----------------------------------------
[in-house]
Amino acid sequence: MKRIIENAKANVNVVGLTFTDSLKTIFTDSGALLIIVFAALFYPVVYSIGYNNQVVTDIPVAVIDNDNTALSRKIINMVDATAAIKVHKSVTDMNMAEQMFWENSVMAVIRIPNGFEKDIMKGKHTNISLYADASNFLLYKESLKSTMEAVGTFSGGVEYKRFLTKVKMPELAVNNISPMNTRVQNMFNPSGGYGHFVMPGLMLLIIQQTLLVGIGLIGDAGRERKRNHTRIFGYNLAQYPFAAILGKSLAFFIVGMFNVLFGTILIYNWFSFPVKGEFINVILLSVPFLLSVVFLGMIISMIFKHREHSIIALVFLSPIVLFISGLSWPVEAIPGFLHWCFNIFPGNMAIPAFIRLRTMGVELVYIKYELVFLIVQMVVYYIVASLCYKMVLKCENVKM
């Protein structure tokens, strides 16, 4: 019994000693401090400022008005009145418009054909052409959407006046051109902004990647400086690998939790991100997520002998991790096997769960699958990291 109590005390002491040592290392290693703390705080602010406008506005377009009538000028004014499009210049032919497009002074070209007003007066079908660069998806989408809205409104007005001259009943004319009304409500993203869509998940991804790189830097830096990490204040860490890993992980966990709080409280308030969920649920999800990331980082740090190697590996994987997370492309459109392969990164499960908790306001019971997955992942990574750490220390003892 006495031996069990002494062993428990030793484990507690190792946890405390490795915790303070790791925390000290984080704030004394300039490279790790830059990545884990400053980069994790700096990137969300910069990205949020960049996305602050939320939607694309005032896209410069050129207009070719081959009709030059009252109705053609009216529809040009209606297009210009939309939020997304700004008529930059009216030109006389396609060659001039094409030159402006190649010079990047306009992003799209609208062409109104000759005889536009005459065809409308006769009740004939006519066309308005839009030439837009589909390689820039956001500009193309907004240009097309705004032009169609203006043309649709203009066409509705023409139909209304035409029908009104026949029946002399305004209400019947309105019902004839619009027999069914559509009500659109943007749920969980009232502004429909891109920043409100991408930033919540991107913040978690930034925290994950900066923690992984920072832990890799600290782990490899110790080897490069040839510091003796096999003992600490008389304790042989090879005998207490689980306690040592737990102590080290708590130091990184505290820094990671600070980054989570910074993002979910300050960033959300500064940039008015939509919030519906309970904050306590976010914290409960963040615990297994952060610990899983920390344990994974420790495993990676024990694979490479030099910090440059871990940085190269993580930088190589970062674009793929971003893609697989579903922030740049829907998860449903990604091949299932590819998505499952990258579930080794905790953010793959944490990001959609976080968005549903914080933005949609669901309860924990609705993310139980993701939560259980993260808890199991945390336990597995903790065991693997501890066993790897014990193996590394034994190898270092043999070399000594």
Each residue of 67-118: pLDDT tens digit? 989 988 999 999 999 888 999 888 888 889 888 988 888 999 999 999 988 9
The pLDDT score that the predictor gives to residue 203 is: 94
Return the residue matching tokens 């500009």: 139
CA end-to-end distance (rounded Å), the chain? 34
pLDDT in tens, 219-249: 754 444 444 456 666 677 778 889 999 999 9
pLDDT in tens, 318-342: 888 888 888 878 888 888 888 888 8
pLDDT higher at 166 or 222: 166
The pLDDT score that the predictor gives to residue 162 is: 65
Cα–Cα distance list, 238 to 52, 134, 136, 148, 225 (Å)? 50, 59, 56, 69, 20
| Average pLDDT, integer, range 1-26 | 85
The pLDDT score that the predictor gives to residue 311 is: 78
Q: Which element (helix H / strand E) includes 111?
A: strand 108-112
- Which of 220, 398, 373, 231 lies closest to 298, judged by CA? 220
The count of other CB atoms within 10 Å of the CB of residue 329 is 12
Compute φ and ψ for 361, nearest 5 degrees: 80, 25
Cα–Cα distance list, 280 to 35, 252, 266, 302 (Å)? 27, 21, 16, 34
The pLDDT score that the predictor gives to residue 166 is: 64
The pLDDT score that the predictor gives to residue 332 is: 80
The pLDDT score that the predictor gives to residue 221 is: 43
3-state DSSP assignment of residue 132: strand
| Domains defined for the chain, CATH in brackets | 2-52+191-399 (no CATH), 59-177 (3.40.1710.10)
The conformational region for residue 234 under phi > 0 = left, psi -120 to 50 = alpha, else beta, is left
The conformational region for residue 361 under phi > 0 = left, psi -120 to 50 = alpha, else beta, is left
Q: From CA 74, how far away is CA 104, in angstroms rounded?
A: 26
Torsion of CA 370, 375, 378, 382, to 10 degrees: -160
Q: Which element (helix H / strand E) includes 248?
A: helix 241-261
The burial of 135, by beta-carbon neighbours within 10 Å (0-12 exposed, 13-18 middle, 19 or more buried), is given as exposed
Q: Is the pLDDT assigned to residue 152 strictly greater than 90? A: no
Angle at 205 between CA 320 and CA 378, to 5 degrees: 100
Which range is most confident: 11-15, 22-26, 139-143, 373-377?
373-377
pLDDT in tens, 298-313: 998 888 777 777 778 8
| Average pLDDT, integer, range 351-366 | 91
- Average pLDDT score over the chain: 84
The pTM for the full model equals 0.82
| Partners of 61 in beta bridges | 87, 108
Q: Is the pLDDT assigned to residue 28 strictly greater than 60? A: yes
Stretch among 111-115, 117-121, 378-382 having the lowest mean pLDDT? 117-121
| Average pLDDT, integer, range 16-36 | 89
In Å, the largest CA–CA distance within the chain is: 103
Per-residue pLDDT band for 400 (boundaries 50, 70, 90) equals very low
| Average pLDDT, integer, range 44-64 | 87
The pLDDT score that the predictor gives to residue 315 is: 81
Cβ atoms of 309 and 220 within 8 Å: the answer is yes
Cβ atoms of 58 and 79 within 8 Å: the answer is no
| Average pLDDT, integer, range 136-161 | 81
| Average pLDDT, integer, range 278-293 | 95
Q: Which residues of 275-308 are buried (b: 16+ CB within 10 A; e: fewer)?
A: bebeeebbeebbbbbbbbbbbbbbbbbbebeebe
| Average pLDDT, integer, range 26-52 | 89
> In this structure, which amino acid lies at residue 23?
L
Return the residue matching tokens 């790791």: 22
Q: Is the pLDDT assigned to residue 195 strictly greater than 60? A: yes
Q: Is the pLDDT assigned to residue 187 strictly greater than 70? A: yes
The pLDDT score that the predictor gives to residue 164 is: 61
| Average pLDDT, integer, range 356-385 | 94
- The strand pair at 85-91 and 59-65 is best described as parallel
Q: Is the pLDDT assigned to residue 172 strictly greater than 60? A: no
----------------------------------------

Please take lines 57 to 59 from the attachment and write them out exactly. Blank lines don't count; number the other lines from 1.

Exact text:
> In this structure, which amino acid lies at residue 23?
L
Return the residue matching tokens 């790791």: 22